so much for adventure cycling maps next time maybe a satnav might be the way to go.
Thanks for giving a small synopsis of your ride!
I myself have been giving the same ride a thought or two in my mind. I would be pulling off about 30 miles before St. Pete though. Perhaps I missed it, but how many riding days did it take you? Were there any sights that you missed and wish you hadn't? Any rail trails along the way that took you out of traffic? Did you hook up with the Pinellas Trail at all once you got to Pinellas County, FL?
The overview of the adventure cycling maps looked as though they would guide me down the wrong coast and I had been wondering what do do about that. I guess I'll look at Richmond as a potential turning point to head my own way as well.
YoKev - It took me almost three weeks to take the trip. I only took one day off (rain). I left on October 10th and arrived on October 30th. I do wish that I had taken a little more time for sightseeing, but I had to be in Florida by Nov. 5th and was worried that I wouldn't get there in time.
Riding along the James River in Virginia was really neat with the old plantation homes. I was sad to miss "America's Largest Pork Display" in North Carolina, but it was 12 miles off my path, so I didn't feel like taking the time. I also wish that I had spent more time in Crystal River, FL, which has a large population of wintering manatees. Other than those places, I just enjoyed pedalling through the cotton fields and talking to the folks who were invariably hanging out at the convenience stores in all the small towns.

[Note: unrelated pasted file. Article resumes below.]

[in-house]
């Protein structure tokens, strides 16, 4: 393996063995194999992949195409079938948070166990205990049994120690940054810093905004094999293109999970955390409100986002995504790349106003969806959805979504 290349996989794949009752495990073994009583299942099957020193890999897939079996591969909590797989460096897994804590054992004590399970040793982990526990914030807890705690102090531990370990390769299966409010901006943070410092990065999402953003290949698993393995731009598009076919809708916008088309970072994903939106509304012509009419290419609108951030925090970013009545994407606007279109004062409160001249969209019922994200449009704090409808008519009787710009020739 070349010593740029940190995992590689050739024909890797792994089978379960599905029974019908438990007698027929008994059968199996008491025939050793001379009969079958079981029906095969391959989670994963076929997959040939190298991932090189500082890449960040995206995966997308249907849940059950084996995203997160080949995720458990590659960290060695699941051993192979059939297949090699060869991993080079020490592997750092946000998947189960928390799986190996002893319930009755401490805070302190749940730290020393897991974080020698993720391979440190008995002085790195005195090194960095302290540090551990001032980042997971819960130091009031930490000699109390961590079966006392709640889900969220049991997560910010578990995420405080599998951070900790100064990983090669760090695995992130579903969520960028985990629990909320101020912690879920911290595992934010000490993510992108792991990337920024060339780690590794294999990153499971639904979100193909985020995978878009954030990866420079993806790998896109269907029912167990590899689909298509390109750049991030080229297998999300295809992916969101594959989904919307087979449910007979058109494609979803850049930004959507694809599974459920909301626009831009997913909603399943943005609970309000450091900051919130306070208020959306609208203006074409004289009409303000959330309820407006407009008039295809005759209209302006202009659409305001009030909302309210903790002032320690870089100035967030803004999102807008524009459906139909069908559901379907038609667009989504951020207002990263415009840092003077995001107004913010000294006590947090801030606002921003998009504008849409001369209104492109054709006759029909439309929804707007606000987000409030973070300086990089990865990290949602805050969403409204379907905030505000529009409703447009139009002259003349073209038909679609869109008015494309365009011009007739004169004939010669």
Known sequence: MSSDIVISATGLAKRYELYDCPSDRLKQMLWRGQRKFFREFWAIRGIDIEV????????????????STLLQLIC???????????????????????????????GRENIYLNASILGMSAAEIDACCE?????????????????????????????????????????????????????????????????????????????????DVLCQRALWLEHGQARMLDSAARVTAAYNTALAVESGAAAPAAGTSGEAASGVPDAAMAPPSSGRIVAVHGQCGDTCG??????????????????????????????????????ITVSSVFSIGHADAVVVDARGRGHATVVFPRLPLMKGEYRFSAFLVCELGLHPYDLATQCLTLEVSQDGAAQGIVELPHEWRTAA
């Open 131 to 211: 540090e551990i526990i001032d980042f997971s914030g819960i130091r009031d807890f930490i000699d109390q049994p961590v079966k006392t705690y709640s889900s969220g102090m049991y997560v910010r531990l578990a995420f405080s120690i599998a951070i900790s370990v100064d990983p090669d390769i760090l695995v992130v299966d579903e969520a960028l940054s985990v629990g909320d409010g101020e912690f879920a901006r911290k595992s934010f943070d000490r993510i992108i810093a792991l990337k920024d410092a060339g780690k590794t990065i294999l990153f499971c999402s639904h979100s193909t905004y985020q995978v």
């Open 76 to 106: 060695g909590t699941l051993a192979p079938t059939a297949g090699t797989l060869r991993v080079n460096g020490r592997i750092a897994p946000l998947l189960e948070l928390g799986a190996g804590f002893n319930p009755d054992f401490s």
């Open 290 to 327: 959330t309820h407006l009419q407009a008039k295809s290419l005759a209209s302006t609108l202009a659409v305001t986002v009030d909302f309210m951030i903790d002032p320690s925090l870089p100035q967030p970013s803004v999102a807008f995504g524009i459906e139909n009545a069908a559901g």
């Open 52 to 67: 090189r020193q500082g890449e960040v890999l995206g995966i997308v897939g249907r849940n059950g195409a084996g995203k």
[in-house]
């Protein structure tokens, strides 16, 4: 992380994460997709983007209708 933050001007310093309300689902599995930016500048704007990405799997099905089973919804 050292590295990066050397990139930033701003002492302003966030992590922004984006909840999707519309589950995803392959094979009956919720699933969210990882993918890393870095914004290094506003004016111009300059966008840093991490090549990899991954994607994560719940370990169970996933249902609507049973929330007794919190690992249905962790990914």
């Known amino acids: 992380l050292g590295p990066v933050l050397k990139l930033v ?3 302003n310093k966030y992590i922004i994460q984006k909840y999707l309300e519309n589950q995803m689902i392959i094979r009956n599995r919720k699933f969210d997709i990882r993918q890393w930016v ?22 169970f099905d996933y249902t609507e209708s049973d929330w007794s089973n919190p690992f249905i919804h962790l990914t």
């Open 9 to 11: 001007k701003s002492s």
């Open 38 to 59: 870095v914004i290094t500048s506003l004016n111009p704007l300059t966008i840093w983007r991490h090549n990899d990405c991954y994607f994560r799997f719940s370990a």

The Mt. Vernon bike path (Arlington to Mt. Vernon) was wonderful and I would highly recommend it. The Adventure cycling maps also take you on the Rock Creek Trail through D.C., which was nice, but a little rough in some places and not as well marked as I would have liked. I did take the Pinellas Trail, which was better than the Rock Creek Trail but has a lot of road crossings. I seemed to be the only cyclist who paid attention to all the stop signs on that trail - every one else just cruised right through, and drivers seemed O.K. with that behavior.
One thing I don't like about the Atlantic coast route is that you don't seem to be near the coast very much. Is that a misrepresentation on ACA's over all route map or are you really 50-100 miles away from the coast the whole trip?
Life is a fun ride
Excellent succinct report.
You ought to post on crazyguyonabike.com - these reports add up to a great resource for future riders.